ENGLEWOOD, Colo. -- The Denver Broncos will have their first full training camp practice of the new season in 10 days.
So consider the countdown officially on for the new season. Here are 10 things to know on the doorstep of training camp:
• Trevor Siemian or Paxton Lynch will win the starting quarterback job by limiting red-zone mistakes, showing an understanding of the entire offense (and not just the parts they like), and exhibiting the follow-me presence of a guy who can make the right throws at the right time to the right receiver. The bottom line is that the rest of the locker room believes this team is a playoff contender and is waiting to see the quarterback willing to do the work to make it happen.
• Running back Devontae Booker showed the coaches enough good things in the offseason program that he's expected to get some snaps with the starting offense in the camp's early going to see if he can really push for the No. 1 job.
• Overall, the Broncos' division of labor at running back will bear watching all through the preseason. C.J. Anderson, Booker and Jamaal Charles each warrants significant looks in the offense. And rookie De'Angelo Henderson is really their best big-play speed option. It means there is a scenario in which the Broncos, if Charles' knees hold up in camp and the preseason, feel compelled to keep four running backs to go with fullback Andy Janovich. That's because Janovich is one of the team's best special-teams players and he might be one of the two best pass-catchers at the position.
• That crowd at running back is an issue because the Broncos also have a crowd at wide receiver and tight end. Those are the three most competitive spots on the roster, and the potential exists for a familiar name or two to get squeezed out. The Broncos have largely stuck to 25 players on offense in the cut to 53 in John Elway's tenure as chief football decision-maker, and that would mean it is an extremely tight fit at the skill positions this time around.
• The return game could well decide things at receiver, as rookies Carlos Henderson and Isaiah McKenzie -– the third- and fifth-round picks, respectively -- are in line to return kickoffs (Henderson) and punts (McKenzie). Henderson could push for the No. 3 receiver job as well, and the Broncos like McKenzie's versatility, including the potential to carry the ball out of the backfield. Both rookies must show they can handle what's needed on offense, however, to end up where they'd like to be.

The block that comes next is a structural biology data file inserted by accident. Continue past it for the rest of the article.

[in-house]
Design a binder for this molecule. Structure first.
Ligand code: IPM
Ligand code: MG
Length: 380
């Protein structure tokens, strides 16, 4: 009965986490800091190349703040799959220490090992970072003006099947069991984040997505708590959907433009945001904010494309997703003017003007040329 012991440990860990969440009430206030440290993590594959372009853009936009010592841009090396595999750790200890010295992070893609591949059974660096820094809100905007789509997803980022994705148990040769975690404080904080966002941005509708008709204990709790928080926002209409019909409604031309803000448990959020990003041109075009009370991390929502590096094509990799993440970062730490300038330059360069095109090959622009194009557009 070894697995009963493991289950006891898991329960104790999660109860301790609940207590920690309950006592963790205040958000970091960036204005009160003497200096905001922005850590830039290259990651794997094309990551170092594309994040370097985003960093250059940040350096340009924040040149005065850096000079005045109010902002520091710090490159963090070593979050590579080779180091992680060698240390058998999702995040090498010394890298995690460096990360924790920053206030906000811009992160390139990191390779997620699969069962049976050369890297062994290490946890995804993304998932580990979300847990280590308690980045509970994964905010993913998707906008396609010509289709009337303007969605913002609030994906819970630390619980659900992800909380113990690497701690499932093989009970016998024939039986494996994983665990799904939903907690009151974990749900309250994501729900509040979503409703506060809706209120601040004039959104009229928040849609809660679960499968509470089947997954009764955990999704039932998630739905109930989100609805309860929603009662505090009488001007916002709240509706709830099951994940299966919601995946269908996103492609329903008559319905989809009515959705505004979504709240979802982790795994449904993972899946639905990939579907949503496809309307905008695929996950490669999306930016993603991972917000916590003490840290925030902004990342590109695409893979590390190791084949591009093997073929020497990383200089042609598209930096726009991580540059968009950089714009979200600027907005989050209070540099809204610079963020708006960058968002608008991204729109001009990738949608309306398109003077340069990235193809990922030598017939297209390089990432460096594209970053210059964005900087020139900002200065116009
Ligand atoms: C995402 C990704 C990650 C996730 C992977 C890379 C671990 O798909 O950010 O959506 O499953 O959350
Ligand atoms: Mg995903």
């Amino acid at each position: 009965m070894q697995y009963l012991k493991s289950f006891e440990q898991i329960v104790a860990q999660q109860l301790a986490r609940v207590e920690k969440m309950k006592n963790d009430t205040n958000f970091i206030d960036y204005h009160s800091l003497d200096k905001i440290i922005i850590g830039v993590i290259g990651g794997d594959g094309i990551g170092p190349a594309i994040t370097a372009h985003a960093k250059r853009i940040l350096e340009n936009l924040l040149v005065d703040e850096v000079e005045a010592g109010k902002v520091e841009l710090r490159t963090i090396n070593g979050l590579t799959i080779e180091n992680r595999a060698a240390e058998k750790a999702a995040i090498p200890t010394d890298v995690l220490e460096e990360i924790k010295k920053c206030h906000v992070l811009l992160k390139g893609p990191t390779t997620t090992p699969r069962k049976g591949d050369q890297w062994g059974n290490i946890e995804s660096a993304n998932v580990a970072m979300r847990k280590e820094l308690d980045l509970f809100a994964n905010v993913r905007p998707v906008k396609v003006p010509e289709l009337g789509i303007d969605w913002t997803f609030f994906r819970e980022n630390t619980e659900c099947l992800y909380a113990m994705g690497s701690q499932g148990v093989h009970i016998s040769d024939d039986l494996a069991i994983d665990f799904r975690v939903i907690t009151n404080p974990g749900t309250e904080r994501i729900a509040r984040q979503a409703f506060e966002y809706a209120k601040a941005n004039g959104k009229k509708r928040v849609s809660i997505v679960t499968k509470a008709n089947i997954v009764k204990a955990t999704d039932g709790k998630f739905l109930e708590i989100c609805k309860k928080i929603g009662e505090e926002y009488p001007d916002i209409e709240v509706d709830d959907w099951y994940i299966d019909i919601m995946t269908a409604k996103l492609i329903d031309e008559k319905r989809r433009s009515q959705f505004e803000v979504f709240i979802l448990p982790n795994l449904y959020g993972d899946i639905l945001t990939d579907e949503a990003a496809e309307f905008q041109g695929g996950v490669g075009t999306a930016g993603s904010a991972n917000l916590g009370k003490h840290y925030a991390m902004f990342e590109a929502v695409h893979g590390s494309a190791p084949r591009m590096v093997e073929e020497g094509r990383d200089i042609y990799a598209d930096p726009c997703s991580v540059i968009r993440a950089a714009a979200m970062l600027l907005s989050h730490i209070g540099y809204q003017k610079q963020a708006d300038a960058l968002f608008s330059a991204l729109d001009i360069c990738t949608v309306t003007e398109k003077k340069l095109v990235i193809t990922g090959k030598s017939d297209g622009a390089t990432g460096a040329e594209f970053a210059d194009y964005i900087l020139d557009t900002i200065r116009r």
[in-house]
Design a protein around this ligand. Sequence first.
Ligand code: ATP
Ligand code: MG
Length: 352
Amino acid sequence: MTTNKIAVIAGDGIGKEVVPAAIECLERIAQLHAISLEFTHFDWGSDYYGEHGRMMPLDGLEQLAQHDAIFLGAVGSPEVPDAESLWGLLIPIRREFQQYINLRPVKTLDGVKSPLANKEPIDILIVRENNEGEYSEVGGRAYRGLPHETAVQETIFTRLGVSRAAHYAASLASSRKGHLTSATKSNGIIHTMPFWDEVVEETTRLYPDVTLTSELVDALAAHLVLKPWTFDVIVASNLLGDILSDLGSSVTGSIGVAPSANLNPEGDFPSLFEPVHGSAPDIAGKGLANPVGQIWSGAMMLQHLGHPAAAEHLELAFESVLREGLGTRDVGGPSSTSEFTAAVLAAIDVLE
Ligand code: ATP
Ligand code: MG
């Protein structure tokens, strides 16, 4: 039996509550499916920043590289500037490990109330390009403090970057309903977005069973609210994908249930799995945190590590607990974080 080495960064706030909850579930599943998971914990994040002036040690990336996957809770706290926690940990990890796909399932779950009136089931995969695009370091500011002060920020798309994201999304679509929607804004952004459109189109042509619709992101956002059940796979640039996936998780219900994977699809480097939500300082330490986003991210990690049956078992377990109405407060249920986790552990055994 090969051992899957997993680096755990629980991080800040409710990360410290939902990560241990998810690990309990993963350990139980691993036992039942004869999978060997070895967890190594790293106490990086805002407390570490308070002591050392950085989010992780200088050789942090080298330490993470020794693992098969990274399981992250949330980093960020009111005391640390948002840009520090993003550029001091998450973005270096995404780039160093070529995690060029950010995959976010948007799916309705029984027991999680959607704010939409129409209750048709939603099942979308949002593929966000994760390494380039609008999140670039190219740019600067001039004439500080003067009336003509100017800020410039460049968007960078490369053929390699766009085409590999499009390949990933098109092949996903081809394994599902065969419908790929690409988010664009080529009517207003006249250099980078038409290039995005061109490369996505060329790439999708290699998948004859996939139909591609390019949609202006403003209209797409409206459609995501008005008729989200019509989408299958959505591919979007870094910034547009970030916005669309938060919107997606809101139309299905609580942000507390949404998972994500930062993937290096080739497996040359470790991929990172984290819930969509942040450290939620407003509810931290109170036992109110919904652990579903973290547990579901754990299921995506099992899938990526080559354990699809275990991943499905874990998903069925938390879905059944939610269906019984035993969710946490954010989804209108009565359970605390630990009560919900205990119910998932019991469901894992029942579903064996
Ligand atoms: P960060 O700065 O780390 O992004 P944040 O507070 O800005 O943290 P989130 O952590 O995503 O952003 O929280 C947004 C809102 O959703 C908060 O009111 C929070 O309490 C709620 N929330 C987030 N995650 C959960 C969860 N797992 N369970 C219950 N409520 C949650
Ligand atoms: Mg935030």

• The rookie who exited the offseason program poised to move into the starting lineup was left tackle Garett Bolles. He steadily moved up the depth chart in the spring and figures to get plenty of work with the starters. He took far too many post-play penalties in college. The Broncos used a first-round pick on him because they like his edge, and he'll be in the lineup in the season opener as long as he understands that NFL defensive linemen routinely will try to bait him.
• Offensive line coach Jeff Davidson has the biggest to-do list of any of the team's assistant coaches. The Broncos had the season-wrecking double-dip of poor technique and lack of power at the point of attack up front in 2016. Davidson's group, with some new faces -- Bolles, Ronald Leary and Menelik Watson -- will need to show plenty of improvement if the Broncos are to get back in the postseason conversation.
• The player whom folks might not see a lot of this summer -- but who could have a far bigger role by the second half of the season -- is rookie tight end Jake Butt. When the Broncos adjourned their offseason program, the expectation was that Butt would open training camp on the physically unable to perform list because of the knee injury he suffered in Michigan's bowl game. However, if his rehab continues to go as the Broncos hope, Butt could carve out a significant role in the offense by November.
• Make no mistake, the Broncos are still a defensive-driven operation. But to be all they can be, the revamped defensive line has to be up to the challenge. It's not quite as effective to have the league's best secondary and the league's best pass-rusher if opponents don't feel all that compelled to throw the ball in the tightest situations.
• Von Miller is annually in the discussion for Defensive Player of the Year, but opponents held Miller without a sack in the last four games in 2016 because the Broncos couldn't defend the run well enough to get into premium pass-rush situations or create enough problems in other parts of the formation to set Miller free. Their work in camp and the preseason will give some indication whether they've repaired those things. No matter what other questions the Broncos have this season, Miller has to be at his elite best for them to have a chance to chase a trophy.